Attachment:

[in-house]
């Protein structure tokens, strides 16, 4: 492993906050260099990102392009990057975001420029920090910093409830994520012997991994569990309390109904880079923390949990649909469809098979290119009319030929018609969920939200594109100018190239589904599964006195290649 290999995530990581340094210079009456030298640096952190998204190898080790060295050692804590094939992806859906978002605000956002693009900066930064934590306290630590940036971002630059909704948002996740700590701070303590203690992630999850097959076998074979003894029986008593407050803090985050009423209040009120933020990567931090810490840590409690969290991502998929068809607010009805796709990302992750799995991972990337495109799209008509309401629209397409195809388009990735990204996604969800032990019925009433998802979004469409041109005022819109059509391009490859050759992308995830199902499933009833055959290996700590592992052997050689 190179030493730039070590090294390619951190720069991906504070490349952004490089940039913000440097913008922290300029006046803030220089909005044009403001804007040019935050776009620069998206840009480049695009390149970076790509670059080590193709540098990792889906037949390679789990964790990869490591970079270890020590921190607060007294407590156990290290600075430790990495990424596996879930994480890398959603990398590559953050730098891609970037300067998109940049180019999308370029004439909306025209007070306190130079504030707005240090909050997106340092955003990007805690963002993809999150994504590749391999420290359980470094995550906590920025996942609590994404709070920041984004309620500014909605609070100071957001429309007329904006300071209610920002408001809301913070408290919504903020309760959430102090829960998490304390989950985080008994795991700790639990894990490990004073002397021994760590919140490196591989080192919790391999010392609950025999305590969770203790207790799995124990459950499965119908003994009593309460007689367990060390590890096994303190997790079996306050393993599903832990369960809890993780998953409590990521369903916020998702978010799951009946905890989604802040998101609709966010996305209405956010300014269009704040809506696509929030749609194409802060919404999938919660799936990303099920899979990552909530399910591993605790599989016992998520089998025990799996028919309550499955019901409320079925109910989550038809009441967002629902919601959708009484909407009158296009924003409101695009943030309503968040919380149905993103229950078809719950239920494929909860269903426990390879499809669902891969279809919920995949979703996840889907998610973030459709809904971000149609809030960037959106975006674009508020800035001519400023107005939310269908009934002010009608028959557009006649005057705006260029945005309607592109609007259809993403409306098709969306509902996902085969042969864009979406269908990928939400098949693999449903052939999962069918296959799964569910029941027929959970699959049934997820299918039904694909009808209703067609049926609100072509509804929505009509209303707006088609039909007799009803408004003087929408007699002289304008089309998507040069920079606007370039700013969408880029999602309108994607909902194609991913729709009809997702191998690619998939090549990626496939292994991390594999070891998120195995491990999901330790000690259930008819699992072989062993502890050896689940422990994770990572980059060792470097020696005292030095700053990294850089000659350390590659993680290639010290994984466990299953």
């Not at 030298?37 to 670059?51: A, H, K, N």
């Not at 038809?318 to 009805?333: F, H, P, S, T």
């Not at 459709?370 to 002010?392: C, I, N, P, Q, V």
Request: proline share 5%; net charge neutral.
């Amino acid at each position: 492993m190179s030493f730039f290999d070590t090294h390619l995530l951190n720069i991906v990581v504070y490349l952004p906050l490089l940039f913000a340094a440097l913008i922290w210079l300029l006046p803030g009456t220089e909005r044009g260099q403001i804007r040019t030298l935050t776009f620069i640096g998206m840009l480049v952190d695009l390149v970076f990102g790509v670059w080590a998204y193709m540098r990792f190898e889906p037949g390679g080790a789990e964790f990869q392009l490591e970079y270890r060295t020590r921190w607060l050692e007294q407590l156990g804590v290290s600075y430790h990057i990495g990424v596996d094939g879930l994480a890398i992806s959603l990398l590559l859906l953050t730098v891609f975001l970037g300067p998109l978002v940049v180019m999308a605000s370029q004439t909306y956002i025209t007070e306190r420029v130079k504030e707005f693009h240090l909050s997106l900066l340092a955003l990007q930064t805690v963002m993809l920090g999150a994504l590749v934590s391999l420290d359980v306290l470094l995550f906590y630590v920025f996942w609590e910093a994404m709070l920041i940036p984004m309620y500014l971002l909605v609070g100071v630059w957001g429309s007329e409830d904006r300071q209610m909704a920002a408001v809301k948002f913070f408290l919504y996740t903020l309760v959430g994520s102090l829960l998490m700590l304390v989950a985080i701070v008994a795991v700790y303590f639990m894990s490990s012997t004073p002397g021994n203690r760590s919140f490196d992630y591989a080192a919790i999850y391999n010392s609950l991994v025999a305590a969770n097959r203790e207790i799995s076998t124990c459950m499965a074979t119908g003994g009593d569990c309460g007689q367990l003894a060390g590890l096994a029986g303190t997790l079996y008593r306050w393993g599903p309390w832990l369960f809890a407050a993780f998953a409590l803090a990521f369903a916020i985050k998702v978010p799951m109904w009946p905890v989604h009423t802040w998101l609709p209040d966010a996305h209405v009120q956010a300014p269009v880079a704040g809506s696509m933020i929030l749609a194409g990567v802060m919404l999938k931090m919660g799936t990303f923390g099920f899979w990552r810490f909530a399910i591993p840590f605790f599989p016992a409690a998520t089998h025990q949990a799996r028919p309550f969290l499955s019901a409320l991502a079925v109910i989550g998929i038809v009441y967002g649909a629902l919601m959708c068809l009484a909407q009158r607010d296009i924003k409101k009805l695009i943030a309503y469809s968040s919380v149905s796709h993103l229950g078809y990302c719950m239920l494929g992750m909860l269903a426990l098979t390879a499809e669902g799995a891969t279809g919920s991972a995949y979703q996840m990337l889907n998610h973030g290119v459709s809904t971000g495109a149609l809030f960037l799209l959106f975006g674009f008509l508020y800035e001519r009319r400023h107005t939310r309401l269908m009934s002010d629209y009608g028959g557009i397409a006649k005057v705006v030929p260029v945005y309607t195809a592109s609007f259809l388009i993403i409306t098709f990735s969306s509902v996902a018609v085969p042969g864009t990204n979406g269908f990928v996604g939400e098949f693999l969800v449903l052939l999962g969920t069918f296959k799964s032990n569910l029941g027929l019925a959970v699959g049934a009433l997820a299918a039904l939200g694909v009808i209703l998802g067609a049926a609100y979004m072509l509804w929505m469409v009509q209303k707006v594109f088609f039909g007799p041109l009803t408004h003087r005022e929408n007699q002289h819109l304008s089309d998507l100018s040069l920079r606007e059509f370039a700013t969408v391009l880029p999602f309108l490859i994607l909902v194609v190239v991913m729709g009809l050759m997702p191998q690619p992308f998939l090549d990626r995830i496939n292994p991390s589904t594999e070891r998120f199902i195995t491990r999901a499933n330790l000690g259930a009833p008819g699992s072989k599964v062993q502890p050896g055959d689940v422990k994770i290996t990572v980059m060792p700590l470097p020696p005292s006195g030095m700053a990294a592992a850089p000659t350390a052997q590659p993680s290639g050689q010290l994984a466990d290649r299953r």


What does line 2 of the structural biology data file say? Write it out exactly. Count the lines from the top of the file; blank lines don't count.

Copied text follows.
């Protein structure tokens, strides 16, 4: 492993906050260099990102392009990057975001420029920090910093409830994520012997991994569990309390109904880079923390949990649909469809098979290119009319030929018609969920939200594109100018190239589904599964006195290649 290999995530990581340094210079009456030298640096952190998204190898080790060295050692804590094939992806859906978002605000956002693009900066930064934590306290630590940036971002630059909704948002996740700590701070303590203690992630999850097959076998074979003894029986008593407050803090985050009423209040009120933020990567931090810490840590409690969290991502998929068809607010009805796709990302992750799995991972990337495109799209008509309401629209397409195809388009990735990204996604969800032990019925009433998802979004469409041109005022819109059509391009490859050759992308995830199902499933009833055959290996700590592992052997050689 190179030493730039070590090294390619951190720069991906504070490349952004490089940039913000440097913008922290300029006046803030220089909005044009403001804007040019935050776009620069998206840009480049695009390149970076790509670059080590193709540098990792889906037949390679789990964790990869490591970079270890020590921190607060007294407590156990290290600075430790990495990424596996879930994480890398959603990398590559953050730098891609970037300067998109940049180019999308370029004439909306025209007070306190130079504030707005240090909050997106340092955003990007805690963002993809999150994504590749391999420290359980470094995550906590920025996942609590994404709070920041984004309620500014909605609070100071957001429309007329904006300071209610920002408001809301913070408290919504903020309760959430102090829960998490304390989950985080008994795991700790639990894990490990004073002397021994760590919140490196591989080192919790391999010392609950025999305590969770203790207790799995124990459950499965119908003994009593309460007689367990060390590890096994303190997790079996306050393993599903832990369960809890993780998953409590990521369903916020998702978010799951009946905890989604802040998101609709966010996305209405956010300014269009704040809506696509929030749609194409802060919404999938919660799936990303099920899979990552909530399910591993605790599989016992998520089998025990799996028919309550499955019901409320079925109910989550038809009441967002629902919601959708009484909407009158296009924003409101695009943030309503968040919380149905993103229950078809719950239920494929909860269903426990390879499809669902891969279809919920995949979703996840889907998610973030459709809904971000149609809030960037959106975006674009508020800035001519400023107005939310269908009934002010009608028959557009006649005057705006260029945005309607592109609007259809993403409306098709969306509902996902085969042969864009979406269908990928939400098949693999449903052939999962069918296959799964569910029941027929959970699959049934997820299918039904694909009808209703067609049926609100072509509804929505009509209303707006088609039909007799009803408004003087929408007699002289304008089309998507040069920079606007370039700013969408880029999602309108994607909902194609991913729709009809997702191998690619998939090549990626496939292994991390594999070891998120195995491990999901330790000690259930008819699992072989062993502890050896689940422990994770990572980059060792470097020696005292030095700053990294850089000659350390590659993680290639010290994984466990299953």